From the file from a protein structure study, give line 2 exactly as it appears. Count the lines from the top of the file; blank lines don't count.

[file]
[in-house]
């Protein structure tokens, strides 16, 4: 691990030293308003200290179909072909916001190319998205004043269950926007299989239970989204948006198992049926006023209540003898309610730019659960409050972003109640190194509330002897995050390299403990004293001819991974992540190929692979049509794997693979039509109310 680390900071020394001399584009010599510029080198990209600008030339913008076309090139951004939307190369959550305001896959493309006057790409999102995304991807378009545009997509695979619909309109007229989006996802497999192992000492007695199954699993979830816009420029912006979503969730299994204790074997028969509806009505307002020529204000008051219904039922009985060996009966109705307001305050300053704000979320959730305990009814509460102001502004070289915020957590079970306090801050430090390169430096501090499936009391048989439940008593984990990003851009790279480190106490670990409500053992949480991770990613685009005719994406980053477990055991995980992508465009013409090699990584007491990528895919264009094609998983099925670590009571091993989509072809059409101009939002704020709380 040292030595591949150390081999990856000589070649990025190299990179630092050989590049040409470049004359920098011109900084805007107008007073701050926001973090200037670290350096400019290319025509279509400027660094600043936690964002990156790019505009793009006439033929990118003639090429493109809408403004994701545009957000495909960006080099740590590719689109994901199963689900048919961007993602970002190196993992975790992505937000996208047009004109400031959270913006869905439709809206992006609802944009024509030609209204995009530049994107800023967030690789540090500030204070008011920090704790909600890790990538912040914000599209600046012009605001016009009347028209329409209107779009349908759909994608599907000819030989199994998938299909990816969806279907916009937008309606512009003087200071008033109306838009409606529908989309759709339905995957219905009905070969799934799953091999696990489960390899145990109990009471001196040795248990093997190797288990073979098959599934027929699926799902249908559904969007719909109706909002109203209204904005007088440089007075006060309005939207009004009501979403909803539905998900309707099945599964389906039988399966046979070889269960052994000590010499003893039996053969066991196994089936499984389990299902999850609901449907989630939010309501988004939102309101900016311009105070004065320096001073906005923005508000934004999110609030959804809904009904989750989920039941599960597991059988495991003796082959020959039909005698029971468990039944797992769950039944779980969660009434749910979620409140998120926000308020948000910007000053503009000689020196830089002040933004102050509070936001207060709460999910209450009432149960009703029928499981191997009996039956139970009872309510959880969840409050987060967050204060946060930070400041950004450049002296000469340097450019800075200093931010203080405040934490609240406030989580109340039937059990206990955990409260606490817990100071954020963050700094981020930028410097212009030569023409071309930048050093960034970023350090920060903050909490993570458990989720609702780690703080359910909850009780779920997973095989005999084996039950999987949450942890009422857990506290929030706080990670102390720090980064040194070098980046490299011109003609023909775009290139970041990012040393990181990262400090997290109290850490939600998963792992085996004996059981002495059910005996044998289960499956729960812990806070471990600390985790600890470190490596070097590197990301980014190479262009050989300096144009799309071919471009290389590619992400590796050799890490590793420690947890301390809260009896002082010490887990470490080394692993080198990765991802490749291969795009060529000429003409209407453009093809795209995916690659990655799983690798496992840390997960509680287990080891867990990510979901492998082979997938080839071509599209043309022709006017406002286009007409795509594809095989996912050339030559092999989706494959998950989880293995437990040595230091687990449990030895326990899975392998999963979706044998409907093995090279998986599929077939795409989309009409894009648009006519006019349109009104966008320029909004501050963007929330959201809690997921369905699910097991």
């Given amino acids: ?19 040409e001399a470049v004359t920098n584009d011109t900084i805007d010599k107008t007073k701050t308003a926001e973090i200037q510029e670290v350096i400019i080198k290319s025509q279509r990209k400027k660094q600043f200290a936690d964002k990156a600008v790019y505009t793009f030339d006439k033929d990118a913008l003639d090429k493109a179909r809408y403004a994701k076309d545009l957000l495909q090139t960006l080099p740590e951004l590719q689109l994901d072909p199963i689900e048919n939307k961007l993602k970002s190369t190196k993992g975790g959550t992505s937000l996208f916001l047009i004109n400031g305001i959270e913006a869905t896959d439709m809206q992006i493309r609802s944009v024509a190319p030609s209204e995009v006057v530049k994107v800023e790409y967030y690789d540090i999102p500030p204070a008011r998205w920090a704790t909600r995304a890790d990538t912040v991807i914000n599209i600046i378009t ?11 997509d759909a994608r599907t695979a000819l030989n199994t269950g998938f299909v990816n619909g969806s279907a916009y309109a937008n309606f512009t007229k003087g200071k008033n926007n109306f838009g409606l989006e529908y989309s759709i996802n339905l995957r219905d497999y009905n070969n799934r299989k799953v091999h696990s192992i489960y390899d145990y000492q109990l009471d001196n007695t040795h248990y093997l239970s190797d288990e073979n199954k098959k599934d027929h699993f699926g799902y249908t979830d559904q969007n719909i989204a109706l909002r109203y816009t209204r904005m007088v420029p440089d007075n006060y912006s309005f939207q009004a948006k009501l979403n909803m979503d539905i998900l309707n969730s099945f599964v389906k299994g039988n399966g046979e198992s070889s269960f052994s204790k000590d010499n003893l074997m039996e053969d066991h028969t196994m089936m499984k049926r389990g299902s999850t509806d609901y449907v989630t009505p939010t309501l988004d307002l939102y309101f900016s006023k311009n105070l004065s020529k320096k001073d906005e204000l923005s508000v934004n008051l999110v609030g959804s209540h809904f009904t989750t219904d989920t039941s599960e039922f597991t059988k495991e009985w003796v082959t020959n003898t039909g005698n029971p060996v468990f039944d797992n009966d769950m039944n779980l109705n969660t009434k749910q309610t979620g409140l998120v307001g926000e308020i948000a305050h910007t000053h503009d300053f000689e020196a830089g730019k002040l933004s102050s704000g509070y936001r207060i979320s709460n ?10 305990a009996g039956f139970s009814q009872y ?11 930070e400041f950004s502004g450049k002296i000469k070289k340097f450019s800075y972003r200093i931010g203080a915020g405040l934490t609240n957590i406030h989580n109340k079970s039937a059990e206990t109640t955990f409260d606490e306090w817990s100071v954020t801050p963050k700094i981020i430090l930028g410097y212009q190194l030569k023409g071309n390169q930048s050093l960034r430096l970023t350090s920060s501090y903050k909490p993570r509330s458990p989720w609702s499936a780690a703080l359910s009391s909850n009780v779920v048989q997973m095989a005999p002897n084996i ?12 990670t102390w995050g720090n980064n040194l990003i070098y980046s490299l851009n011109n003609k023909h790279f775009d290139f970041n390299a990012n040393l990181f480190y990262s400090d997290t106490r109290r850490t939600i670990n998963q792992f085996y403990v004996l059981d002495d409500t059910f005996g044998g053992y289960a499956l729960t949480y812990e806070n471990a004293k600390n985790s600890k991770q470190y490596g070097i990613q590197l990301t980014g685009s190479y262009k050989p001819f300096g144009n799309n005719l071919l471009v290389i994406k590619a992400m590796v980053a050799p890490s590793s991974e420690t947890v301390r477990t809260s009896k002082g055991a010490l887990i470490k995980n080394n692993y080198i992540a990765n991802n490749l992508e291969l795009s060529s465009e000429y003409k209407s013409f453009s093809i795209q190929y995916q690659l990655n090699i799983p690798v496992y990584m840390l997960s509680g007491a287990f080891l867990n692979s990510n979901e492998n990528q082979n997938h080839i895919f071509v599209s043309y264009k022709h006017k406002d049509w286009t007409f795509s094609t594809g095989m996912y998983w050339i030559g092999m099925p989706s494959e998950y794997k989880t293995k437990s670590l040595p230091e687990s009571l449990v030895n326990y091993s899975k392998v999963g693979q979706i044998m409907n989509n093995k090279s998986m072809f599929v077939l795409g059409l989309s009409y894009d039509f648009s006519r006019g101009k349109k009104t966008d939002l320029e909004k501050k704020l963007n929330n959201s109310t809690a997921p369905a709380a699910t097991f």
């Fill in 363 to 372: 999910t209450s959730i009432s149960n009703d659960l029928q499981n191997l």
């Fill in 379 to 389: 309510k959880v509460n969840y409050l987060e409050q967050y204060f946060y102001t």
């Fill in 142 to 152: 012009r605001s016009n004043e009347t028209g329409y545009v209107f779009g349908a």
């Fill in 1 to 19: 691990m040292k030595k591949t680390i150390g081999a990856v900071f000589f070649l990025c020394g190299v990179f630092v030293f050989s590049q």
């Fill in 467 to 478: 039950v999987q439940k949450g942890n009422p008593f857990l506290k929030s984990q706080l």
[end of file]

């Protein structure tokens, strides 16, 4: 691990030293308003200290179909072909916001190319998205004043269950926007299989239970989204948006198992049926006023209540003898309610730019659960409050972003109640190194509330002897995050390299403990004293001819991974992540190929692979049509794997693979039509109310 680390900071020394001399584009010599510029080198990209600008030339913008076309090139951004939307190369959550305001896959493309006057790409999102995304991807378009545009997509695979619909309109007229989006996802497999192992000492007695199954699993979830816009420029912006979503969730299994204790074997028969509806009505307002020529204000008051219904039922009985060996009966109705307001305050300053704000979320959730305990009814509460102001502004070289915020957590079970306090801050430090390169430096501090499936009391048989439940008593984990990003851009790279480190106490670990409500053992949480991770990613685009005719994406980053477990055991995980992508465009013409090699990584007491990528895919264009094609998983099925670590009571091993989509072809059409101009939002704020709380 040292030595591949150390081999990856000589070649990025190299990179630092050989590049040409470049004359920098011109900084805007107008007073701050926001973090200037670290350096400019290319025509279509400027660094600043936690964002990156790019505009793009006439033929990118003639090429493109809408403004994701545009957000495909960006080099740590590719689109994901199963689900048919961007993602970002190196993992975790992505937000996208047009004109400031959270913006869905439709809206992006609802944009024509030609209204995009530049994107800023967030690789540090500030204070008011920090704790909600890790990538912040914000599209600046012009605001016009009347028209329409209107779009349908759909994608599907000819030989199994998938299909990816969806279907916009937008309606512009003087200071008033109306838009409606529908989309759709339905995957219905009905070969799934799953091999696990489960390899145990109990009471001196040795248990093997190797288990073979098959599934027929699926799902249908559904969007719909109706909002109203209204904005007088440089007075006060309005939207009004009501979403909803539905998900309707099945599964389906039988399966046979070889269960052994000590010499003893039996053969066991196994089936499984389990299902999850609901449907989630939010309501988004939102309101900016311009105070004065320096001073906005923005508000934004999110609030959804809904009904989750989920039941599960597991059988495991003796082959020959039909005698029971468990039944797992769950039944779980969660009434749910979620409140998120926000308020948000910007000053503009000689020196830089002040933004102050509070936001207060709460999910209450009432149960009703029928499981191997009996039956139970009872309510959880969840409050987060967050204060946060930070400041950004450049002296000469340097450019800075200093931010203080405040934490609240406030989580109340039937059990206990955990409260606490817990100071954020963050700094981020930028410097212009030569023409071309930048050093960034970023350090920060903050909490993570458990989720609702780690703080359910909850009780779920997973095989005999084996039950999987949450942890009422857990506290929030706080990670102390720090980064040194070098980046490299011109003609023909775009290139970041990012040393990181990262400090997290109290850490939600998963792992085996004996059981002495059910005996044998289960499956729960812990806070471990600390985790600890470190490596070097590197990301980014190479262009050989300096144009799309071919471009290389590619992400590796050799890490590793420690947890301390809260009896002082010490887990470490080394692993080198990765991802490749291969795009060529000429003409209407453009093809795209995916690659990655799983690798496992840390997960509680287990080891867990990510979901492998082979997938080839071509599209043309022709006017406002286009007409795509594809095989996912050339030559092999989706494959998950989880293995437990040595230091687990449990030895326990899975392998999963979706044998409907093995090279998986599929077939795409989309009409894009648009006519006019349109009104966008320029909004501050963007929330959201809690997921369905699910097991």